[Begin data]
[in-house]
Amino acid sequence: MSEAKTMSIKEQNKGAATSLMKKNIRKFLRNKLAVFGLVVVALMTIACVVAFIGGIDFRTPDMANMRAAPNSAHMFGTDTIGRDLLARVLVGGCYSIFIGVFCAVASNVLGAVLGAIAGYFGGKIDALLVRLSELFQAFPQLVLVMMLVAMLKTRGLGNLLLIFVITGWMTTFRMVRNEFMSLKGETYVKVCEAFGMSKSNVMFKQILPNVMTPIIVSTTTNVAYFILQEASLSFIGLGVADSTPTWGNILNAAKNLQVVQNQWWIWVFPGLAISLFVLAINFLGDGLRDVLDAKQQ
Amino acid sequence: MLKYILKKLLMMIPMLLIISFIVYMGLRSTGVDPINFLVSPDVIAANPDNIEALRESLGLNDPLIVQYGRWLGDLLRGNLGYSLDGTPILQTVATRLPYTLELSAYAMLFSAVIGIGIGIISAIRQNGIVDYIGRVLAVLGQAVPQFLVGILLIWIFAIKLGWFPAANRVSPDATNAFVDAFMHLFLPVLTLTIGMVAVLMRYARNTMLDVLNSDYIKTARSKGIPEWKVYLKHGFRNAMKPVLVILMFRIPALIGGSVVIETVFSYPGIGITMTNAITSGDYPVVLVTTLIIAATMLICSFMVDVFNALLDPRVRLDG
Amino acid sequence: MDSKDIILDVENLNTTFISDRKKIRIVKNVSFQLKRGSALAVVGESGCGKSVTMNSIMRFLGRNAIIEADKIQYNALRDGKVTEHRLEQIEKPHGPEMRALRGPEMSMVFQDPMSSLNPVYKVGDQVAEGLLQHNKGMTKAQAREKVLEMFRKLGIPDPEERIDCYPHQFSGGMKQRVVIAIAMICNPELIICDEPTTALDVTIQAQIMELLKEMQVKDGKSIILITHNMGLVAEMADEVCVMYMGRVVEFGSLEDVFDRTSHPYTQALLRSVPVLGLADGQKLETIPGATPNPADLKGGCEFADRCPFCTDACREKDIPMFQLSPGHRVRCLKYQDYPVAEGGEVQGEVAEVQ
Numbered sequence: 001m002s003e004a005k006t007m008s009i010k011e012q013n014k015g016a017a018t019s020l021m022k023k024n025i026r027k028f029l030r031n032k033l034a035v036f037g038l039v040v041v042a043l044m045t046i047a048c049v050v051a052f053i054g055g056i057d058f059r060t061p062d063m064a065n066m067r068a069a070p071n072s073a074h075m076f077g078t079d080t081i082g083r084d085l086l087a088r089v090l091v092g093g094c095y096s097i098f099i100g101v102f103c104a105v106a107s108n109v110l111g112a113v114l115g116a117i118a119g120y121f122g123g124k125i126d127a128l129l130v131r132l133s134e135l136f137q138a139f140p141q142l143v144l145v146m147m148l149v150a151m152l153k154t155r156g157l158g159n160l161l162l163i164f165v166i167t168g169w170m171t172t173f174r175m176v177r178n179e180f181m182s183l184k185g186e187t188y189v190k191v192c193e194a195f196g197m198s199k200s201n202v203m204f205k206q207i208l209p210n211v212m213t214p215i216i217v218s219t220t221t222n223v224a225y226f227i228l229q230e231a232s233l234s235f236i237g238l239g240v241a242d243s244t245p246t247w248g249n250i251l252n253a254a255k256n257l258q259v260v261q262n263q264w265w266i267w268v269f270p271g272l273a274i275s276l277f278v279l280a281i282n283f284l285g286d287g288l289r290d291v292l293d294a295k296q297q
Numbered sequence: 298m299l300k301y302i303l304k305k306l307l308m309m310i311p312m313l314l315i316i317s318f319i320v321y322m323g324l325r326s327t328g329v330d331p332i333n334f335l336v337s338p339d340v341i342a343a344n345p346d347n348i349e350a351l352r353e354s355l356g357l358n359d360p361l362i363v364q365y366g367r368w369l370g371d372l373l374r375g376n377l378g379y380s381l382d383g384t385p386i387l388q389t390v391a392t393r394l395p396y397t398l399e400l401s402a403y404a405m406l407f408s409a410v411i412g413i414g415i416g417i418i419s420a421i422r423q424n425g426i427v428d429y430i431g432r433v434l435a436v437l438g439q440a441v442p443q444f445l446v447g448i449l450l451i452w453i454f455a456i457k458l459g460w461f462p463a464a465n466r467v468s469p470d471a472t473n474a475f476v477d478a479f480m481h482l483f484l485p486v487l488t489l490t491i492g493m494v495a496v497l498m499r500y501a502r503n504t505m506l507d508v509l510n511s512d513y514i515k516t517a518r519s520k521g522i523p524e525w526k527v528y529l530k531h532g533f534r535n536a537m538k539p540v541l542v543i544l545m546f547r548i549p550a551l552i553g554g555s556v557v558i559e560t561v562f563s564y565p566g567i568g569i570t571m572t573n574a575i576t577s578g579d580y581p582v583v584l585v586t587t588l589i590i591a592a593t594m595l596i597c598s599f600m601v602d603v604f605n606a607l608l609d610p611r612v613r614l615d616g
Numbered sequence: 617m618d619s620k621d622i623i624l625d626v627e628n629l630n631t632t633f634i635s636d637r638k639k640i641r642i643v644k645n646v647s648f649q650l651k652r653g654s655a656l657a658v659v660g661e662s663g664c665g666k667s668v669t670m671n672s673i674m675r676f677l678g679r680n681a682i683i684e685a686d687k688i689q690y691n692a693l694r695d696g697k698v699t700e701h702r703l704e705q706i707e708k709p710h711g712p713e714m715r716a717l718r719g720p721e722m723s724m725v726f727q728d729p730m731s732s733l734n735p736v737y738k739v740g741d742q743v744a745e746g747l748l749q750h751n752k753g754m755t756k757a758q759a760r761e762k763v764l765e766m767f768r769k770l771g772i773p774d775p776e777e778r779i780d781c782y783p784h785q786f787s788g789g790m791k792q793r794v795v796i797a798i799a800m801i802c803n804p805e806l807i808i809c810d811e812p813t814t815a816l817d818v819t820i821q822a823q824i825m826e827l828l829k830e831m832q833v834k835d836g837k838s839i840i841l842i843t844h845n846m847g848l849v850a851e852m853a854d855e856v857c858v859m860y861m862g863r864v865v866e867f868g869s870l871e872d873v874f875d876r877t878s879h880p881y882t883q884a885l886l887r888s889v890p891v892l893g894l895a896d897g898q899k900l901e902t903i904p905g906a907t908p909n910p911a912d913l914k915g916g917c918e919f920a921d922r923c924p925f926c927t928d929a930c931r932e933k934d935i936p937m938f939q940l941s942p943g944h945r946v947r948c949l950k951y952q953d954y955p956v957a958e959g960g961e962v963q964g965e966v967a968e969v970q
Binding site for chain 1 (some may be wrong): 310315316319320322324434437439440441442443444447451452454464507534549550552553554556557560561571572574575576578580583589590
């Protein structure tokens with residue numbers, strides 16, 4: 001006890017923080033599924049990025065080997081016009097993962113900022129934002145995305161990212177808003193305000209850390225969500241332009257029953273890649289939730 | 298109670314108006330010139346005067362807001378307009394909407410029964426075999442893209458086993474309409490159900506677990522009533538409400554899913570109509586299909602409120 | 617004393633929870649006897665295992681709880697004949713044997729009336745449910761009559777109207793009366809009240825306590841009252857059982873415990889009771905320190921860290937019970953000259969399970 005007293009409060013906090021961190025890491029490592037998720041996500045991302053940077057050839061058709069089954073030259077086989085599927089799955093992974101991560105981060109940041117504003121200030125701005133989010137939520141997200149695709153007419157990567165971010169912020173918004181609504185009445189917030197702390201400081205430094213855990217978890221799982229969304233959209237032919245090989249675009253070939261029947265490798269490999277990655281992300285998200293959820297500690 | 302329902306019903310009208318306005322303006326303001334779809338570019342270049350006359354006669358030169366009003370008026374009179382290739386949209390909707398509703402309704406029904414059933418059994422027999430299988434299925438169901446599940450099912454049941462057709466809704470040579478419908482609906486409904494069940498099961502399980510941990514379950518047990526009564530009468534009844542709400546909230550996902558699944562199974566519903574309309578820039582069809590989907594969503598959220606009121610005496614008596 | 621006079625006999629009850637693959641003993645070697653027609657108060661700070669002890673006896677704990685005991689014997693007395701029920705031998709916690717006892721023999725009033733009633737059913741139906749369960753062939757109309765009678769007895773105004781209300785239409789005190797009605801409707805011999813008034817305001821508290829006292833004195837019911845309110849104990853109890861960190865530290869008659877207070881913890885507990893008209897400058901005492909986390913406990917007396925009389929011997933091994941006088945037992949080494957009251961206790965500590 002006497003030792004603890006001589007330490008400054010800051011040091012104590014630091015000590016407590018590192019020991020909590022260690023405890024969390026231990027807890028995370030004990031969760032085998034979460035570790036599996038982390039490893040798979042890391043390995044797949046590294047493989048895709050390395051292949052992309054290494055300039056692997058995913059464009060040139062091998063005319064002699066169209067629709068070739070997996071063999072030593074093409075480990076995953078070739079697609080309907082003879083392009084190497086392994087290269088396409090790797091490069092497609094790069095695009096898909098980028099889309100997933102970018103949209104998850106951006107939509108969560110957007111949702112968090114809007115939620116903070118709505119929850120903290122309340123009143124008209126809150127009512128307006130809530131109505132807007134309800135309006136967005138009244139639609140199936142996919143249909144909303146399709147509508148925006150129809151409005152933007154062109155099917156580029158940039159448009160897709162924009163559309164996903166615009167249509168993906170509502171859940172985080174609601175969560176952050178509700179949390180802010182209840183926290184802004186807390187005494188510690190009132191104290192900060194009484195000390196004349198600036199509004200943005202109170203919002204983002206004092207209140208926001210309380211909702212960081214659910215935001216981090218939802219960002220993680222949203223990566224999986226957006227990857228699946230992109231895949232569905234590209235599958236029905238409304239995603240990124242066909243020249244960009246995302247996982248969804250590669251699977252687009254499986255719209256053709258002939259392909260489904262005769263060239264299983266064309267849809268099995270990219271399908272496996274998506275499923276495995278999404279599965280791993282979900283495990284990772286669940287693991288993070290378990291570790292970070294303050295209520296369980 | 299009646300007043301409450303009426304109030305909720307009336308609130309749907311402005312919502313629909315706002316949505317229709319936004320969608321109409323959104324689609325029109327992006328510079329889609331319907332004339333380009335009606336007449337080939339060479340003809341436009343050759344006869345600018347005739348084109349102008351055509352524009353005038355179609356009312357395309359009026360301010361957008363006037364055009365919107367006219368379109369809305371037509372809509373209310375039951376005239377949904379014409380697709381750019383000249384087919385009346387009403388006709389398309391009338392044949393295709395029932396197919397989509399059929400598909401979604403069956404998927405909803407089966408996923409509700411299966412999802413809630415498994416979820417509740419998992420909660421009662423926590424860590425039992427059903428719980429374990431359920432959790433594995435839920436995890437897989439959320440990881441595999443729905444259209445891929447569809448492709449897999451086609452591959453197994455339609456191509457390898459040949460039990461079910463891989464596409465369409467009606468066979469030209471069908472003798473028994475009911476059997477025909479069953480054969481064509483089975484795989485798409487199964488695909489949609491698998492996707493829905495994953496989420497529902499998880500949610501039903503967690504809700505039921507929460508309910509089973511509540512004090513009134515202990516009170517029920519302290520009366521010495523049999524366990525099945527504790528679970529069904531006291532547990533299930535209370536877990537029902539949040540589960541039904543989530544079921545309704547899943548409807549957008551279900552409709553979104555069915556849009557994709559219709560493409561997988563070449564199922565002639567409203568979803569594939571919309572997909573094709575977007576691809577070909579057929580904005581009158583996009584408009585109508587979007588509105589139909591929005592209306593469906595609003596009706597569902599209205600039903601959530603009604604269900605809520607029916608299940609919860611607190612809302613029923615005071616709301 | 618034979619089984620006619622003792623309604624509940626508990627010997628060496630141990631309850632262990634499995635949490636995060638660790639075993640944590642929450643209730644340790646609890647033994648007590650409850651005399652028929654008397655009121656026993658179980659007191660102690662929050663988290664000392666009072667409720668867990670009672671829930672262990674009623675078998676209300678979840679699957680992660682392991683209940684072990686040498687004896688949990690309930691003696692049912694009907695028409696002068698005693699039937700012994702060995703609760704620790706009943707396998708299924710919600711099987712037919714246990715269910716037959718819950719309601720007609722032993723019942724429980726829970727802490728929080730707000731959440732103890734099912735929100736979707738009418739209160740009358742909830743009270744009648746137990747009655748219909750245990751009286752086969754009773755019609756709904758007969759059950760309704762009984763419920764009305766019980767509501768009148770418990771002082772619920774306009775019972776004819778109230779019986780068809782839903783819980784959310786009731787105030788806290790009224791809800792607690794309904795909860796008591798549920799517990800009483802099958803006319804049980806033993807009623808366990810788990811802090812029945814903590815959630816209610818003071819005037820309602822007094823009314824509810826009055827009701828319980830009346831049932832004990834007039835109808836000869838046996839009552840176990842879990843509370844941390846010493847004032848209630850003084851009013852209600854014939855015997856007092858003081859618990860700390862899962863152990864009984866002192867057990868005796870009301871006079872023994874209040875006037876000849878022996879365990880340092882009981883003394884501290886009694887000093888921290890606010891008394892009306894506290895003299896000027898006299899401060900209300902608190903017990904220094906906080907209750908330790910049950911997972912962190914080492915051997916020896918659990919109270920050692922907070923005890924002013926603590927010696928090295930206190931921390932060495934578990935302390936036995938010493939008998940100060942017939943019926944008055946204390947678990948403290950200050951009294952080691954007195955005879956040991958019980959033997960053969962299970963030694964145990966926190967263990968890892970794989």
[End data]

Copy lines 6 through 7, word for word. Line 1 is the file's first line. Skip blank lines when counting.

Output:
Numbered sequence: 298m299l300k301y302i303l304k305k306l307l308m309m310i311p312m313l314l315i316i317s318f319i320v321y322m323g324l325r326s327t328g329v330d331p332i333n334f335l336v337s338p339d340v341i342a343a344n345p346d347n348i349e350a351l352r353e354s355l356g357l358n359d360p361l362i363v364q365y366g367r368w369l370g371d372l373l374r375g376n377l378g379y380s381l382d383g384t385p386i387l388q389t390v391a392t393r394l395p396y397t398l399e400l401s402a403y404a405m406l407f408s409a410v411i412g413i414g415i416g417i418i419s420a421i422r423q424n425g426i427v428d429y430i431g432r433v434l435a436v437l438g439q440a441v442p443q444f445l446v447g448i449l450l451i452w453i454f455a456i457k458l459g460w461f462p463a464a465n466r467v468s469p470d471a472t473n474a475f476v477d478a479f480m481h482l483f484l485p486v487l488t489l490t491i492g493m494v495a496v497l498m499r500y501a502r503n504t505m506l507d508v509l510n511s512d513y514i515k516t517a518r519s520k521g522i523p524e525w526k527v528y529l530k531h532g533f534r535n536a537m538k539p540v541l542v543i544l545m546f547r548i549p550a551l552i553g554g555s556v557v558i559e560t561v562f563s564y565p566g567i568g569i570t571m572t573n574a575i576t577s578g579d580y581p582v583v584l585v586t587t588l589i590i591a592a593t594m595l596i597c598s599f600m601v602d603v604f605n606a607l608l609d610p611r612v613r614l615d616g
Numbered sequence: 617m618d619s620k621d622i623i624l625d626v627e628n629l630n631t632t633f634i635s636d637r638k639k640i641r642i643v644k645n646v647s648f649q650l651k652r653g654s655a656l657a658v659v660g661e662s663g664c665g666k667s668v669t670m671n672s673i674m675r676f677l678g679r680n681a682i683i684e685a686d687k688i689q690y691n692a693l694r695d696g697k698v699t700e701h702r703l704e705q706i707e708k709p710h711g712p713e714m715r716a717l718r719g720p721e722m723s724m725v726f727q728d729p730m731s732s733l734n735p736v737y738k739v740g741d742q743v744a745e746g747l748l749q750h751n752k753g754m755t756k757a758q759a760r761e762k763v764l765e766m767f768r769k770l771g772i773p774d775p776e777e778r779i780d781c782y783p784h785q786f787s788g789g790m791k792q793r794v795v796i797a798i799a800m801i802c803n804p805e806l807i808i809c810d811e812p813t814t815a816l817d818v819t820i821q822a823q824i825m826e827l828l829k830e831m832q833v834k835d836g837k838s839i840i841l842i843t844h845n846m847g848l849v850a851e852m853a854d855e856v857c858v859m860y861m862g863r864v865v866e867f868g869s870l871e872d873v874f875d876r877t878s879h880p881y882t883q884a885l886l887r888s889v890p891v892l893g894l895a896d897g898q899k900l901e902t903i904p905g906a907t908p909n910p911a912d913l914k915g916g917c918e919f920a921d922r923c924p925f926c927t928d929a930c931r932e933k934d935i936p937m938f939q940l941s942p943g944h945r946v947r948c949l950k951y952q953d954y955p956v957a958e959g960g961e962v963q964g965e966v967a968e969v970q